Michael Jackson

Rooted Cosmopolitans

The media of the Soviet Union used the term “rootless cosmopolitans”’ to describe Jewish intellectuals. The term was prevalent, especially during the Stalinist purges during the late 1940s and early 1950s. Jewish intellectuals were seen as believing in “humanity” and having a cosmopolitan vision but lacking the roots of homeland and patriotism.

The idea of a person being a cosmopolitan was propounded in the early days of the Enlightenment (1600s to early 1700s) by several continental thinkers. This cosmopolitan idea was most famously expounded by Immanuel Kant in his “Perpetual Peace: A Philosophical Sketch” essay of 1795 in which he envisioned a future cooperative unity of Europe. This union or federation would eventually be extended globally.

These ideas were expressed in the late 18th century by thinkers such as Thomas Paine: “The World is my country, all mankind are my brethren, and to do good is my religion”. Also, Friedrich Schiller in his “Ode to Joy” (1785) wrote “Alle Menschen werden Bruder” (All people become brothers). These words incorporated into Beethoven’s Ninth Symphony comprise the anthem of the European Union. However, these thinkers did not totally submerge local identity and rootedness in this universalist principle. A person may be attached to his homeland, people, culture, and nation and yet still be a cosmopolitan or a citizen of the world.

This idea is encapsulated in the term “rooted cosmopolitan”. A person may be rooted or strongly attached to his homeland, locality, and religion and yet have a feeling, a care, and a commitment to the welfare of all humanity. Rootedness and cosmopolitanism are not mutually exclusive. I am rooted as an American, a Brit, an Israeli, and a Jew (listed alphabetically since my priorities of identification change depending on external events, my mood, and current interests and involvement).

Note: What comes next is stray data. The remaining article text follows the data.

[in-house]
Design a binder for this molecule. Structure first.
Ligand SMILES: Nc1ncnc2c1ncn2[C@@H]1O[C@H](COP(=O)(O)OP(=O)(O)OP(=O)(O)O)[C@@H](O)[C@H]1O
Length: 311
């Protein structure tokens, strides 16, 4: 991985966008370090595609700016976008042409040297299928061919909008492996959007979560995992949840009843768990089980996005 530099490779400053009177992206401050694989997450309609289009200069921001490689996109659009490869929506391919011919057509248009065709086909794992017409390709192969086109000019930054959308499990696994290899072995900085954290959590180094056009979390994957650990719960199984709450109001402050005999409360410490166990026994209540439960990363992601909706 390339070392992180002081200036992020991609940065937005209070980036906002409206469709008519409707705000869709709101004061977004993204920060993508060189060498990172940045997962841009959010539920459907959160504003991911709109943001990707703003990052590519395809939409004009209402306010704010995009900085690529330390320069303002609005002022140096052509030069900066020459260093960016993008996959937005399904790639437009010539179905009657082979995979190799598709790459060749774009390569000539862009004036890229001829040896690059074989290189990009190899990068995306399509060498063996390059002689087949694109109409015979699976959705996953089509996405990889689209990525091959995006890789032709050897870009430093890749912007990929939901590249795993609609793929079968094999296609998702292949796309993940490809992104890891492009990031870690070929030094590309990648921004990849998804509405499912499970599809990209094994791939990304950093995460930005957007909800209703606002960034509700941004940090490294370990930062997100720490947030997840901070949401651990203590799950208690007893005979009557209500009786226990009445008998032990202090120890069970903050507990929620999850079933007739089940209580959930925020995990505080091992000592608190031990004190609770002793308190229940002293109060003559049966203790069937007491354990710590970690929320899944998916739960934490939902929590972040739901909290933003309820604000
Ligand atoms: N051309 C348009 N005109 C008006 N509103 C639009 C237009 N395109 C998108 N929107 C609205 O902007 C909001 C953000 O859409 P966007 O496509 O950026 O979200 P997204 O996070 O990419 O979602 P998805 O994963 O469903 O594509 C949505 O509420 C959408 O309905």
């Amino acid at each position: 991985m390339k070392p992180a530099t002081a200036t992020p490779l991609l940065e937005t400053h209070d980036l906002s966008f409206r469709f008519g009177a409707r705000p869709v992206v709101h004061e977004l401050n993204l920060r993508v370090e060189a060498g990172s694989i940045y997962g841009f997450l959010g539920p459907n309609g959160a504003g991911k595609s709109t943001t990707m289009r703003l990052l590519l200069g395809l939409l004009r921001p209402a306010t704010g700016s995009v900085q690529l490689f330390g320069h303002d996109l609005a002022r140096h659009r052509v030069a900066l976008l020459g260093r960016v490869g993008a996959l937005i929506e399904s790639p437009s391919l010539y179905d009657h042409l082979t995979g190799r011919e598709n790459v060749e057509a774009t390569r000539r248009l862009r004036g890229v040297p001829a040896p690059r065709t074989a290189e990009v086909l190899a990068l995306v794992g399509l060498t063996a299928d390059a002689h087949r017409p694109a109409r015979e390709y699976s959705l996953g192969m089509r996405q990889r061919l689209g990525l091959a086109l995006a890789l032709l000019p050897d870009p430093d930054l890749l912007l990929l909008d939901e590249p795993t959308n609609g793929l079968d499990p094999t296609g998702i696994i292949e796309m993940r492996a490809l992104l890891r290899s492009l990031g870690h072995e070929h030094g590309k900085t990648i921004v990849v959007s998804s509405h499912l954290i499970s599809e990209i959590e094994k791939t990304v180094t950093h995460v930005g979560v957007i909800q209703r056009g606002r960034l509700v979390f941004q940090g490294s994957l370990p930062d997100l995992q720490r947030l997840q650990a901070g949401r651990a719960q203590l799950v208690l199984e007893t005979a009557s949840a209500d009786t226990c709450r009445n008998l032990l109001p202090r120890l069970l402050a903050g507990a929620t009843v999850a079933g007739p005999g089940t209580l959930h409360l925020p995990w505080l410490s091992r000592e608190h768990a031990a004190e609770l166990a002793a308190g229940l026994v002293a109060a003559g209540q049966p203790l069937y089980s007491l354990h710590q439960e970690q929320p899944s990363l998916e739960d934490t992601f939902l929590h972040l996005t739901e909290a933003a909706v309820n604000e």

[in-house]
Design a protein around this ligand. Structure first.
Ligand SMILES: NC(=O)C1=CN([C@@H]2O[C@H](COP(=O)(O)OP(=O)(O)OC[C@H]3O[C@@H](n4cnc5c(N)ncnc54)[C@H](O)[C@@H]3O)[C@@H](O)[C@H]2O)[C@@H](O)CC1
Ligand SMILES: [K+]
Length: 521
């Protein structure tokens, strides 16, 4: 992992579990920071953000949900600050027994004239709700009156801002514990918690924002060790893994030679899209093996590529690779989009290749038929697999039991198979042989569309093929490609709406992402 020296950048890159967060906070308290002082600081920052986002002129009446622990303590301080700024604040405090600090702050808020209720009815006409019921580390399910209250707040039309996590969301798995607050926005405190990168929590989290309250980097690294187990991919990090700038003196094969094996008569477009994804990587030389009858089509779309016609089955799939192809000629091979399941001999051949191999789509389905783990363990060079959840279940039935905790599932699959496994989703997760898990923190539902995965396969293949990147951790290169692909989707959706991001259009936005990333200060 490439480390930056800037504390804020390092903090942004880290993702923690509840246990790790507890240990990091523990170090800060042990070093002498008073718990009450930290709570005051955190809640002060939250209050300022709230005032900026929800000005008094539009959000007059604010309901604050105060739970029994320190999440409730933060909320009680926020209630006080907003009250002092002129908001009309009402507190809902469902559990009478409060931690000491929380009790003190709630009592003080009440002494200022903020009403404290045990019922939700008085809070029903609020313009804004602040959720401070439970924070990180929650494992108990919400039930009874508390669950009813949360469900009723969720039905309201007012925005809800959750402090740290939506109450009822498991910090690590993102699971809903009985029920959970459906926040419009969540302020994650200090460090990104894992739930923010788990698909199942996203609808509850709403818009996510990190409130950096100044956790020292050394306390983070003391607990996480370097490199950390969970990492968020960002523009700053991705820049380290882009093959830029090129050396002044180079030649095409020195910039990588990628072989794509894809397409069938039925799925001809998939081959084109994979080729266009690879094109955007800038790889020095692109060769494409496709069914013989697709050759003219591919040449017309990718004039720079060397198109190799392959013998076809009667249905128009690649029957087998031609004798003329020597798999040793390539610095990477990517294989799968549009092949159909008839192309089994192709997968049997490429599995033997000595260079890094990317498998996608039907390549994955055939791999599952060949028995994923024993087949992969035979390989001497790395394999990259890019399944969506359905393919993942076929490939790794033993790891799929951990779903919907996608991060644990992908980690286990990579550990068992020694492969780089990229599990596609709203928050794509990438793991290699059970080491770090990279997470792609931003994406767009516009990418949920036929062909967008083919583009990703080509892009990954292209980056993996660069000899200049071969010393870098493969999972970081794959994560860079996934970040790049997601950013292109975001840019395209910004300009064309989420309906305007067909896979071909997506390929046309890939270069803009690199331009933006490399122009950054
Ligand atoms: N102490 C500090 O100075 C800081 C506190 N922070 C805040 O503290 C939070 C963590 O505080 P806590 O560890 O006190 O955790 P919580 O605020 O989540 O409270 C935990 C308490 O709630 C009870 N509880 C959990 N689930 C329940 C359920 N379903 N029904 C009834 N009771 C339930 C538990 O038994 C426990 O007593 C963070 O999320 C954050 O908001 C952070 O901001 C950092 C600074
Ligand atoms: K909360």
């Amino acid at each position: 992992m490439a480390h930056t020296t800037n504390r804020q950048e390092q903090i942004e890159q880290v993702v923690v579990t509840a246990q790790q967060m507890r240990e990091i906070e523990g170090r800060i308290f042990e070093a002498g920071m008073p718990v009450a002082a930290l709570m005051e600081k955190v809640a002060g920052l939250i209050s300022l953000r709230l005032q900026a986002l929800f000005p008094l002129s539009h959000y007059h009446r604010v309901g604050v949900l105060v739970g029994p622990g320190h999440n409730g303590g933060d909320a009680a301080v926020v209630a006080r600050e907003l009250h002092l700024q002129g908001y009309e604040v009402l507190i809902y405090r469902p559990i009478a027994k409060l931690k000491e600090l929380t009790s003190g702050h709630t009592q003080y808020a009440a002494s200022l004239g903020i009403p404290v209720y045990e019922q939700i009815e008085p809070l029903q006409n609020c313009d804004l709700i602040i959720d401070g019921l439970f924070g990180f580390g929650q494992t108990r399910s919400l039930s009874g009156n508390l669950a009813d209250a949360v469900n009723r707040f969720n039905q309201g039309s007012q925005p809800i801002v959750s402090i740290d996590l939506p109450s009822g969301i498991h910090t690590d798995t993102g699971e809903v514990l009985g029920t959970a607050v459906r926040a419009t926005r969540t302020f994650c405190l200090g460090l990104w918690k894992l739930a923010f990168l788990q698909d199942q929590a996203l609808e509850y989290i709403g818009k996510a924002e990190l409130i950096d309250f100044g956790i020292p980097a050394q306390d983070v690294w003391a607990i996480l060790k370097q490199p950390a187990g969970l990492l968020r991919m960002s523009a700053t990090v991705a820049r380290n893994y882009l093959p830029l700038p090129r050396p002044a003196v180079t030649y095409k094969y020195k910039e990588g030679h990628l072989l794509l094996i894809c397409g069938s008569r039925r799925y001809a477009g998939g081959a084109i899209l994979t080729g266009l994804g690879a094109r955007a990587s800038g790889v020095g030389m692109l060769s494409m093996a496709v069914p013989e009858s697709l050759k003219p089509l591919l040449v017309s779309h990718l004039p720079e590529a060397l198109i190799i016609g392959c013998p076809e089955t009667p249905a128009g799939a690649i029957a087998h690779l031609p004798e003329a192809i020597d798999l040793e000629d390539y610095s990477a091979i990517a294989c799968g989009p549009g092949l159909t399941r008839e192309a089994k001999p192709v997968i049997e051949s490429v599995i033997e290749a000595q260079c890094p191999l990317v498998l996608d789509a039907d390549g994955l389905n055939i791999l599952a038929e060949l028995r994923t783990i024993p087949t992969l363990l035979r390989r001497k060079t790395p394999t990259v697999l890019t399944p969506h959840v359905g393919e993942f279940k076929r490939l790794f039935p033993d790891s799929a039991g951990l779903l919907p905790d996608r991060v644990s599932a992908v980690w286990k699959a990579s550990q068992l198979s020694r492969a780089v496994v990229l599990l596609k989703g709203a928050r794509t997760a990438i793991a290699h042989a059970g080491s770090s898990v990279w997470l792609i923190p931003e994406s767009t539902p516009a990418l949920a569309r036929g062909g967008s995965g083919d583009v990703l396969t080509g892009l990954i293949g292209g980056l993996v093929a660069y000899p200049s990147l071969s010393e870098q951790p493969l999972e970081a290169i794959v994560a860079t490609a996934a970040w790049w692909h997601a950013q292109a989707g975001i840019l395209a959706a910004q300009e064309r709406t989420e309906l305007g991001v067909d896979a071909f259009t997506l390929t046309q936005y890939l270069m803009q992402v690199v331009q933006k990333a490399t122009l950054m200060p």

I think the “rooted cosmopolitanism” concept is especially important in times of war. The patriotic, even tribalistic, nature of warfare tends to dehumanize the other side. The derogatory term “gooks” for Vietnamese during the Vietnam War and the term “towel-heads” for Arabs during the more recent Iraq War are American examples of this dehumanization of the enemy. We certainly can and should support our side in times of war. We also have to remember that the majority of the “enemy” are not combatants. They are mainly women and children and are innocent of whatever crimes the enemy perpetrates.  

Ultimately, we are human beings before being American, Russian, Ukrainian, German, Palestinian, Israeli, Jewish, Muslim, Christian, Hindu, or Buddhist.

About the Author
Born in London in 1949. Studied Maths at Warwick University. Came to Israel (WUJS program at Arad) in 1971. I became a citizen and served in the army in 1973. Returned to the UK in 1974. Worked in Information Systems. Married an American Orthodox woman in 1977 and moved to America. For a few years I have led a retiree philosophy class.
Related Topics
Related Posts